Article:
A bit further, you will find a tulip tree at the edge of the water. Its branches curve out as if to create a better reflection in the water, as well as at the edge of the path. Don't miss the spectacle of its golden yellow leaves in autumn, its large flowers that resemble tulips in pale yellow and orange in late spring, and its curious fruits in summer.
Transit >>> A few steps further, you will come to a fork, where a hornbeam grows. Three trunks sprout from its massive base. This tree projects an image of strength. Its gnarled, ‘muscular’ looking surface attracts the eye. This is one of the traits that make hornbeams recognisable in any season. The hollows in this particular specimen seem to be home to many animals.
Transit >>> Across from the hornbeam, at the edge of the pond, a bald cypress grows. Ivy climbs along its trunk and the sunlight plays off its foliage of feathery needles. Viewed against the light, it resembles finely woven lace.
It wears a coat of soft green in springtime and rust-red in the fall. In winter, it goes bare. What a pleasant atmosphere it creates along the path.
Transit >>> Continue straight on and you will pass the playground. Keep it on your right.
At the corner of this play area, you will see the sculpture of a mother nursing her child. Just beyond the statue, you will come to a small bridge. Pass by with the pond on the left. On the opposite bank, you will see a huge tree. Its silhouette stands out clearly on the horizon. In spring and summer, its leaves flutter at the slightest breeze and shimmer in the sun.
This ‘giant lighthouse’ that overlooks the park is a Canadian poplar. We will go around the pond to get a closer look, but in the meantime, you can admire it from afar. (Keeping the pond on your right)
Along the way, you will come across a rocky landscape of the type that was very fashionable [in the early 1900s] last century.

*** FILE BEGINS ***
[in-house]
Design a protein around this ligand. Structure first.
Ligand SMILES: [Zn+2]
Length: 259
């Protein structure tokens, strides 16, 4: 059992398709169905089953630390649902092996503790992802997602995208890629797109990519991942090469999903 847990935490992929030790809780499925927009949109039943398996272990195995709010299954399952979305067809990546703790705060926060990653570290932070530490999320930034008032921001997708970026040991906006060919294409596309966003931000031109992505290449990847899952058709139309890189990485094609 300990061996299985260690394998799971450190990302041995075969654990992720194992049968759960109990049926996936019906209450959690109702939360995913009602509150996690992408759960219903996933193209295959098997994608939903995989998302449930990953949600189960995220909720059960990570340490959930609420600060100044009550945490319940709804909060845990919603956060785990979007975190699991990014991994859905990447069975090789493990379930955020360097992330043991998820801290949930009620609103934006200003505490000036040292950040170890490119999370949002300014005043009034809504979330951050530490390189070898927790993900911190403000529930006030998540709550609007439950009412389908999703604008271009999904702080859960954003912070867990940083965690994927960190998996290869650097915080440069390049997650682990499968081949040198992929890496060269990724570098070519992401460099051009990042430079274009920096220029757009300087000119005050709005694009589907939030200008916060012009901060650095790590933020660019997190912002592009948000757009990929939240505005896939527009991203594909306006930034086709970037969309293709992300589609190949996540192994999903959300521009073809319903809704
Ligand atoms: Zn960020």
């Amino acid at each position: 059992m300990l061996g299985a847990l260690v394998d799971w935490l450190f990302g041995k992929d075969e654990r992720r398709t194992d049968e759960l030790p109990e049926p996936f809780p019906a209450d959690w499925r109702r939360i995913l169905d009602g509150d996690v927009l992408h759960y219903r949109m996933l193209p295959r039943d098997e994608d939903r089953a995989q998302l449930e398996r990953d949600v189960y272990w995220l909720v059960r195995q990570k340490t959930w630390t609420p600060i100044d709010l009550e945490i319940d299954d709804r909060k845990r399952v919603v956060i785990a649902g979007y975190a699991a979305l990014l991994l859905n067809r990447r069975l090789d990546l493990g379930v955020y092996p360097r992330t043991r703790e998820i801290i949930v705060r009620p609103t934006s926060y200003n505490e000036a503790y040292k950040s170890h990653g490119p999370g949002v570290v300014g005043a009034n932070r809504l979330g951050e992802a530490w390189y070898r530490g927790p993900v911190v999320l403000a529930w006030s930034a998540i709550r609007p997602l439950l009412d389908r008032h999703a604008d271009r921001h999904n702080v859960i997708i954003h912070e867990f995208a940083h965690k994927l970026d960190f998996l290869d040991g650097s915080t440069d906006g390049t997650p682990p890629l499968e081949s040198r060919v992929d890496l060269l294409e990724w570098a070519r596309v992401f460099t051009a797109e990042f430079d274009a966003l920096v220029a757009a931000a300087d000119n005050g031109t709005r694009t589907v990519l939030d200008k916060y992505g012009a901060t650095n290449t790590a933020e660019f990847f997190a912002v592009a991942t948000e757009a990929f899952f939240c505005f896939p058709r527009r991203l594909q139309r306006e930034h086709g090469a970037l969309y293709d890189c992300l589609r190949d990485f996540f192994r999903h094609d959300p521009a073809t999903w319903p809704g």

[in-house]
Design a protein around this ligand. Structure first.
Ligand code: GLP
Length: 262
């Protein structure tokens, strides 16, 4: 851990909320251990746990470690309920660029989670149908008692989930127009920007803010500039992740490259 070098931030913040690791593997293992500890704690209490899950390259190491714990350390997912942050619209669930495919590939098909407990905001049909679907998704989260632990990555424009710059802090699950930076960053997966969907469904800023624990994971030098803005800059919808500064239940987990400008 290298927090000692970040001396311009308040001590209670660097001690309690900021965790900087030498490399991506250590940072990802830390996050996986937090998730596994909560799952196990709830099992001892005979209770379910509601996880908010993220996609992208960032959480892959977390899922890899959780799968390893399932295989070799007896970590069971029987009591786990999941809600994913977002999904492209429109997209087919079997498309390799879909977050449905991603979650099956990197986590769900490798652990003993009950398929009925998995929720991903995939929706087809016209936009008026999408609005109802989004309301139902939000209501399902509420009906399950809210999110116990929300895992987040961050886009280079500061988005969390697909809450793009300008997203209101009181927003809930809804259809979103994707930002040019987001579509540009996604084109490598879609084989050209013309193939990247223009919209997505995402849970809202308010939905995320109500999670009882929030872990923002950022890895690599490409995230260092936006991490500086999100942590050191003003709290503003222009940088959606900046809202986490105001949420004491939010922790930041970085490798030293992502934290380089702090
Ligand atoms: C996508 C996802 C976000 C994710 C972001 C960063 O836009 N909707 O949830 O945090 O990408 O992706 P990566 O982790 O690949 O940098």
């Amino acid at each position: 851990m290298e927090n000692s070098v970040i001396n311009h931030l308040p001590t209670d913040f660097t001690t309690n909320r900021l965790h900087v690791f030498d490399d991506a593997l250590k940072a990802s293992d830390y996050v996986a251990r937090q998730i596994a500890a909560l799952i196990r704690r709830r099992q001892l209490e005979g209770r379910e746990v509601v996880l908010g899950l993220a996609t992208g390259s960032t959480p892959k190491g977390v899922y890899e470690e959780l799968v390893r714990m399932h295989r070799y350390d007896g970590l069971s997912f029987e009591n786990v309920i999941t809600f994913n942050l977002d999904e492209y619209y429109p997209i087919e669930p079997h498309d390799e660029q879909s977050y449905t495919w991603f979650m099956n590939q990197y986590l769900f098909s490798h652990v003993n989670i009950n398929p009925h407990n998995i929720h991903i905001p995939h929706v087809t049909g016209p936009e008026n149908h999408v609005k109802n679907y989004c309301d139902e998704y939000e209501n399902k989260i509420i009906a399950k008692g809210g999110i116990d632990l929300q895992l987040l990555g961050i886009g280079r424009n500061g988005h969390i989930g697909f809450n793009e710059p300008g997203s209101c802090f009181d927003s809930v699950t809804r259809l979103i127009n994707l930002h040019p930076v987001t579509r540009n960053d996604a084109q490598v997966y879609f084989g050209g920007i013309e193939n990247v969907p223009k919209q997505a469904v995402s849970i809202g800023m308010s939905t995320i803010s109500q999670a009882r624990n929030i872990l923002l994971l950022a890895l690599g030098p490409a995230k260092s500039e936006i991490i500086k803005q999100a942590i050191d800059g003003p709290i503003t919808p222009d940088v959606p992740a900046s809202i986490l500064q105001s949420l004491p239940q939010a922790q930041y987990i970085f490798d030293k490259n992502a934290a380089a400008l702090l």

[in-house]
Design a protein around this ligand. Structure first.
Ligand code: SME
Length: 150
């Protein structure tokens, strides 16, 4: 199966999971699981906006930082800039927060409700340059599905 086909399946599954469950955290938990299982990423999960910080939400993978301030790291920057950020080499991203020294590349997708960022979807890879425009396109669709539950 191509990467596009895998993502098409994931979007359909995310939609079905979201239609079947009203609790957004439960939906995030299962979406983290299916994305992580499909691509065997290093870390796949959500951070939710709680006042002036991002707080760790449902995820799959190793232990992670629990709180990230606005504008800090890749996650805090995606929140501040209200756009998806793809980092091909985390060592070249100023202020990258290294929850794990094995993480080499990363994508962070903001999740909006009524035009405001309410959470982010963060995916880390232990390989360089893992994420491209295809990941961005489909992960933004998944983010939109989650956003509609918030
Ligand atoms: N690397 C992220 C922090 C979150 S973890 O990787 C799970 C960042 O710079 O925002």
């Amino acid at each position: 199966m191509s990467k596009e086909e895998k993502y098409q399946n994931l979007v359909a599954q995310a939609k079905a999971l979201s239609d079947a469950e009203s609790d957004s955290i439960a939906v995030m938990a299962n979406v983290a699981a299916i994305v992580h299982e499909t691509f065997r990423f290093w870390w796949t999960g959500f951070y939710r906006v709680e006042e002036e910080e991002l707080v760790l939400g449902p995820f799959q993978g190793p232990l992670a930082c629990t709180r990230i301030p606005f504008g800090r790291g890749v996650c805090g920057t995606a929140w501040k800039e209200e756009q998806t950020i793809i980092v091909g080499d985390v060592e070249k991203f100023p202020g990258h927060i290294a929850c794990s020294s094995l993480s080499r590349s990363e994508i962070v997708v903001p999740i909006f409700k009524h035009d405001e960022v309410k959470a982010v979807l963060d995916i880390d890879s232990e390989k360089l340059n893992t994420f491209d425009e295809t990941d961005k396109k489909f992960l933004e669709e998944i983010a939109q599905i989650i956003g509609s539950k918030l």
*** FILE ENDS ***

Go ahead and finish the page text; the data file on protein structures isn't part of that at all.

The road becomes a footpath: flat rocks allow you to cross the water. There, at the end of the pond directly above you, clinging to the top of the small rocky cliff, is a very large Vancouver fir, also known as the grand fir.
Transit >>> Next, continue on your way towards the Canadian poplar. Get up close to this stalwart veteran. You can read about its history in the entry below and see close-ups of its bark, leaves, and the fungus that ravages it. Stay on the path, as this old tree loses branches from time to time. Stop for a moment to admire it, feeling the wisdom it exudes. This majestic specimen is reaching the end of its life: it may no longer be around in a few years.
Transit >>> You have just passed a lovely alley with several benches. Two rows of alders line the path. It is the perfect spot to stop to drink in the atmosphere of the park and reflect on the sensations from your walk.
Transit >>> And then, gradually, get ready to return to the city. The walk finishes at the end of this path, at the top of the stairs that lead to I‘avenue du Général Eisenhower.
One final curiosity, a giant Sequoia, awaits you a little bit further, at the entrance to the park, across from the white house at no. S3.
This colossus grows on the border between the city and nature, as if standing guard between two worlds. Which of the two do you choose? It's up to you whether to continue on your way, or go back and continue exploring the park.